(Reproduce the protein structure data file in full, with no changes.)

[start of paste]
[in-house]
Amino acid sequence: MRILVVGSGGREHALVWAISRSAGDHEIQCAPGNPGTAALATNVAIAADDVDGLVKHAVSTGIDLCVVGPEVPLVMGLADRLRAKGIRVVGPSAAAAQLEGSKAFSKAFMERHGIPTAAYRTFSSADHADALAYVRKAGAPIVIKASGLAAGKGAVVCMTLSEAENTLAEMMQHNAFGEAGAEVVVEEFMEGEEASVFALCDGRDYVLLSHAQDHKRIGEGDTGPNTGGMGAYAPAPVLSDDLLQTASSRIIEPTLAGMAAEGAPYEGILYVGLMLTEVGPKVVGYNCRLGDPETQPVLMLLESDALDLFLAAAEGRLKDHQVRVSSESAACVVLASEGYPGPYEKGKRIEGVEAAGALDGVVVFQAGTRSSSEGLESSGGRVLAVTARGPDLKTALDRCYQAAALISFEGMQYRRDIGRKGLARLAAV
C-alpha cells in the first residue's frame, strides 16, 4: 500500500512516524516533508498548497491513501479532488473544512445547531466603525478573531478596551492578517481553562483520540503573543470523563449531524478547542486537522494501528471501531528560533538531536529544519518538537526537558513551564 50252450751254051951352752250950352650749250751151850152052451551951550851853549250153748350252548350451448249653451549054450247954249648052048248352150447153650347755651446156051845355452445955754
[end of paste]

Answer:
[in-house]
Amino acid sequence: MRILVVGSGGREHALVWAISRSAGDHEIQCAPGNPGTAALATNVAIAADDVDGLVKHAVSTGIDLCVVGPEVPLVMGLADRLRAKGIRVVGPSAAAAQLEGSKAFSKAFMERHGIPTAAYRTFSSADHADALAYVRKAGAPIVIKASGLAAGKGAVVCMTLSEAENTLAEMMQHNAFGEAGAEVVVEEFMEGEEASVFALCDGRDYVLLSHAQDHKRIGEGDTGPNTGGMGAYAPAPVLSDDLLQTASSRIIEPTLAGMAAEGAPYEGILYVGLMLTEVGPKVVGYNCRLGDPETQPVLMLLESDALDLFLAAAEGRLKDHQVRVSSESAACVVLASEGYPGPYEKGKRIEGVEAAGALDGVVVFQAGTRSSSEGLESSGGRVLAVTARGPDLKTALDRCYQAAALISFEGMQYRRDIGRKGLARLAAV
C-alpha cells in the first residue's frame, strides 16, 4: 500500500512516524516533508498548497491513501479532488473544512445547531466603525478573531478596551492578517481553562483520540503573543470523563449531524478547542486537522494501528471501531528560533538531536529544519518538537526537558513551564 50252450751254051951352752250950352650749250751151850152052451551951550851853549250153748350252548350451448249653451549054450247954249648052048248352150447153650347755651446156051845355452445955754